"Sam is an experienced All Black with eight years in the team now and is a 'follow me' type of leader and a very good thinker in the game," Foster said.

"He has a natural ability to connect with everyone in the team and is straightforward and direct when he needs to be.

"There's massive respect for Sam amongst the players and management, and he's perfectly placed to lead the All Blacks into the future.

"We wanted to confirm Sam now because he'll play a key role helping us plan for whatever the future looks like and will be working behind the scenes with the other leaders."

SA Rugby has admitted it is considering the possibility of rescheduling the British and Irish Lions tour due to the impact of the coronavirus.

Warren Gatland's Lions are due to visit South Africa next July and August for a tour that will feature three Tests against the world champions.

However, the outbreak of COVID-19 could have a knock-on effect on that tour, with Northern Hemisphere countries facing up to the possibility of missing out on revenue from internationals that may have to be scrapped later this year.

A report over the weekend claimed the Lions' 2021 tour to South Africa could be cancelled entirely as World Rugby contemplates how to reschedule the calendar when the sport returns.

SA Rugby has insisted the Lions tour remains on, though it conceded the dates are being looked at.

"While we continue to look forward to an incredible tour by The British and Irish Lions next year, and there are no planned changes, it would be remiss of us not to explore various scenarios for a possible date change caused by the COVID-19 pandemic,” said an SA Rugby spokesperson.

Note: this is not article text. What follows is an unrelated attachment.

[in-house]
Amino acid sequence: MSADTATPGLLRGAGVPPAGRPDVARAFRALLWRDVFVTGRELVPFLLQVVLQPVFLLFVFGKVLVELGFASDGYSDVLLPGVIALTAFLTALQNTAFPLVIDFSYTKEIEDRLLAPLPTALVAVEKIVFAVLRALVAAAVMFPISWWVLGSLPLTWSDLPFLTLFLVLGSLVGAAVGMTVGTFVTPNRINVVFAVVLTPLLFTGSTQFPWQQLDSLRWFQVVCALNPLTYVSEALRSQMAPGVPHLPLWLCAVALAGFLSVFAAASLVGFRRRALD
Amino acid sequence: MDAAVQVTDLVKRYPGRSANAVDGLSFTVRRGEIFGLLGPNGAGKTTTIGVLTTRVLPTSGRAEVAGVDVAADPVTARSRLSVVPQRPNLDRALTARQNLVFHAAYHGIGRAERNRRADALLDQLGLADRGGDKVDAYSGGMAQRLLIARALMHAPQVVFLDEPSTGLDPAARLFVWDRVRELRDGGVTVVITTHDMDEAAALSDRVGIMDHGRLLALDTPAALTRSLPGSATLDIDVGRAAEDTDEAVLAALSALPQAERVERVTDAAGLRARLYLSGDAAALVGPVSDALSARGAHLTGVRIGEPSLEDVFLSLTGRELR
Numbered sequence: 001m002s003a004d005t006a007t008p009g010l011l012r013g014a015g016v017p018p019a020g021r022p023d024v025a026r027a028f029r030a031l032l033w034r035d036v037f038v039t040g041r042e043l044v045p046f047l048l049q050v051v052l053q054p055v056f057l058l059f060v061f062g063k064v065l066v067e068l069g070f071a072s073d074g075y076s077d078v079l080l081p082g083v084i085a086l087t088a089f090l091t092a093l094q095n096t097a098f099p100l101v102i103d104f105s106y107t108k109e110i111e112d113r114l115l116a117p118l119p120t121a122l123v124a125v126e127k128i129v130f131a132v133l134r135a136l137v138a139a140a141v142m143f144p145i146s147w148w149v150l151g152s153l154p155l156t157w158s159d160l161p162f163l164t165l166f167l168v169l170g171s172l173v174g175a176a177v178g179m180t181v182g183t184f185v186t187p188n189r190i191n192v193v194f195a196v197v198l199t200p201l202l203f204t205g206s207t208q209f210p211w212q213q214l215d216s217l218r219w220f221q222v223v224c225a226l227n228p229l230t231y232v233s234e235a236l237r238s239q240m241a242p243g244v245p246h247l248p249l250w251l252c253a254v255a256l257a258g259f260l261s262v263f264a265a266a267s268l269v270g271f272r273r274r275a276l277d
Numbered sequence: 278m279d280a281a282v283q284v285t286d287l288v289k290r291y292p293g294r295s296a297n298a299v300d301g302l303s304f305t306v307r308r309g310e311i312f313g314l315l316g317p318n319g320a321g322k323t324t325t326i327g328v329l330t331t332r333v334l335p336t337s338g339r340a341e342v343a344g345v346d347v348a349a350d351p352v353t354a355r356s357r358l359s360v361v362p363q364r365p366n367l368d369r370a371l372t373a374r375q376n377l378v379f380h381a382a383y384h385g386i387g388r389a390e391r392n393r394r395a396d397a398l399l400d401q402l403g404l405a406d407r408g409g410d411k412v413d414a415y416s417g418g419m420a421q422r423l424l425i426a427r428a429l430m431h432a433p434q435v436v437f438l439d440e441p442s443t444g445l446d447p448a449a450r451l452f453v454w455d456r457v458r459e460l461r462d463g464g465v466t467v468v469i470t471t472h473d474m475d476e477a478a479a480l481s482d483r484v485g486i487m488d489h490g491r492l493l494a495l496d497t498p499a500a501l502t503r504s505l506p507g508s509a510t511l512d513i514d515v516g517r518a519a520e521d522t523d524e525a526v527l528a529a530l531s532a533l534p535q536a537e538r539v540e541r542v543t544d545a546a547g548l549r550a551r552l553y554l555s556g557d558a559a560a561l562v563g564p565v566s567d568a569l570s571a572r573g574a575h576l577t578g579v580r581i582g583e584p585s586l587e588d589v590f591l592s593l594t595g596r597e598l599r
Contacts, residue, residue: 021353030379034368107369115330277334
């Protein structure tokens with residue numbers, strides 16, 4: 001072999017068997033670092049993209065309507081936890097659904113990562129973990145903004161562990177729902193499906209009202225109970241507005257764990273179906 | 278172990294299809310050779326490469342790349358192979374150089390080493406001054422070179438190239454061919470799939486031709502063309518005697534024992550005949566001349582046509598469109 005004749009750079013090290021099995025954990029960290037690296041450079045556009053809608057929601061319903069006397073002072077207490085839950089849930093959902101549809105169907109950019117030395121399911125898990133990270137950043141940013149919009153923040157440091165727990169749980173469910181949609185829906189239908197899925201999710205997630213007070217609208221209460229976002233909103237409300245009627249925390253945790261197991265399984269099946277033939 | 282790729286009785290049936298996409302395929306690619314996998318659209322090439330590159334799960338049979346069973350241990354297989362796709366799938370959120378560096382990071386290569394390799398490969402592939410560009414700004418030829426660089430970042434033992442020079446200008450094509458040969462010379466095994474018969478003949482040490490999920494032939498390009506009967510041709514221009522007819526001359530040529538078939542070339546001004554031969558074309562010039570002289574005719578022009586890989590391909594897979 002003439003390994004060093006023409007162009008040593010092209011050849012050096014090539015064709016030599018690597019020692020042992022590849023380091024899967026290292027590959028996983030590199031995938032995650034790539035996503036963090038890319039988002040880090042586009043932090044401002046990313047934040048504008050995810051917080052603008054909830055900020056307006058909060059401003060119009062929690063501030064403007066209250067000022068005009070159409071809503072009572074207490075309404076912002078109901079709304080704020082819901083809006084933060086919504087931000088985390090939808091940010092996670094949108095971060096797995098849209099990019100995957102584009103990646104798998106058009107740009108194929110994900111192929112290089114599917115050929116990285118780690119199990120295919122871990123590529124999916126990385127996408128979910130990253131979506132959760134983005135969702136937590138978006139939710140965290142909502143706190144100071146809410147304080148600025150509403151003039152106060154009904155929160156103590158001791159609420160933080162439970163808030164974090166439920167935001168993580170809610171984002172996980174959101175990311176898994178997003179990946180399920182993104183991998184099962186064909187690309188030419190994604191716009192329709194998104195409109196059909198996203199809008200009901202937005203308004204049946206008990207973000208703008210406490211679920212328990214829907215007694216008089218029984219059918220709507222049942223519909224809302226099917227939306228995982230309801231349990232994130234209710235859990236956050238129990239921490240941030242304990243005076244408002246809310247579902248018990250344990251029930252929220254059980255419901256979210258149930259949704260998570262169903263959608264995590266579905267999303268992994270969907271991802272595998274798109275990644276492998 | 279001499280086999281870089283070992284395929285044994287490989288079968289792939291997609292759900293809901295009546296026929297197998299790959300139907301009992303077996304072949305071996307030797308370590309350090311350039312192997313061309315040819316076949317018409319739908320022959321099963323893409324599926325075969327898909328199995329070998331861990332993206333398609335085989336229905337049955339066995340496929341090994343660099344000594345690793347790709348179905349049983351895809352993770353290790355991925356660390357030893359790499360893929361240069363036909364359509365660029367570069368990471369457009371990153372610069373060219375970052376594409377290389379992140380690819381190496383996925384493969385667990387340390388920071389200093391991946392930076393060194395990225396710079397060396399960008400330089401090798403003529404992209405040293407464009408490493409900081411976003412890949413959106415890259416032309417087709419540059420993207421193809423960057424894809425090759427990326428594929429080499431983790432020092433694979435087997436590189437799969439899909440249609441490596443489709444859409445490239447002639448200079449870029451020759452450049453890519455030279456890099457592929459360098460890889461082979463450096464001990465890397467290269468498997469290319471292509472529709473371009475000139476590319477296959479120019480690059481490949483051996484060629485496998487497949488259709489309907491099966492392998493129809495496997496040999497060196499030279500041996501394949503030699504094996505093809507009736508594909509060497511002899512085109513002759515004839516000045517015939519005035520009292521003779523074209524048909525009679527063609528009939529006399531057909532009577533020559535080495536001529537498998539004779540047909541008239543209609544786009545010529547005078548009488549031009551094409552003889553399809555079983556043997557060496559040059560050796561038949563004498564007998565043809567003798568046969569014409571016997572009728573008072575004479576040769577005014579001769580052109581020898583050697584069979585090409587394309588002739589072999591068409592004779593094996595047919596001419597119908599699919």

The Lions last toured South Africa in 2009, losing 2-1 to the Springboks.

They have since beaten Australia 2-1 and drawn with New Zealand under Gatland.

Bill Beaumont wants to deliver a "stronger, more sustainable game" after he was re-elected for a second term as World Rugby chairman.

The former England captain, 68, achieved a 28-23 majority over fellow candidate Agustin Pichot following the first round of voting in the independent election, meaning he will carry on in the post for a further four years.

France's Bernard Laporte is the new vice-chairman after standing unopposed for the position, while seven new members have been confirmed to the organisation's executive committee.

World Rugby will officially confirm Beaumont's continuation in the role at its annual meeting on May 12, though he is already thinking about the future as rugby union looks to recover from problems caused by the ongoing coronavirus pandemic.

A complete shutdown of the sport at club and international level has had financial ramifications for many, with the focus now on a plan for a return to action that still "prioritises player welfare".

"Now is not the time for celebration. We have work to do," Beaumont said in a statement.

"We are tackling COVID-19 and must implement an appropriate return-to-rugby strategy that prioritises player welfare, while optimising any opportunity to return to international rugby this year in full collaboration with club competitions for the good of players, fans and the overall financial health of the sport.

"I am determined to ensure that the spirit of unity and solidarity that has characterised our work in response to an unprecedented global COVID-19 pandemic, is the cornerstone of a new approach that will deliver a stronger, more sustainable game when we emerge with new enthusiasm, a renewed purpose and an exciting future."

Beaumont thanked outgoing vice-chairman Pichot for the Argentinian's contribution to World Rugby over their previous four years of working together.

"While we stood against each other in this campaign, we aligned in many ways, and I have the utmost respect for him," Beaumont said. "Gus is passionate about the sport and his contribution has been significant."

Rugby Australia (RA) is discussing the possibility of playing a makeshift trans-Tasman competition and Bledisloe Cup series later this year amid the coronavirus pandemic.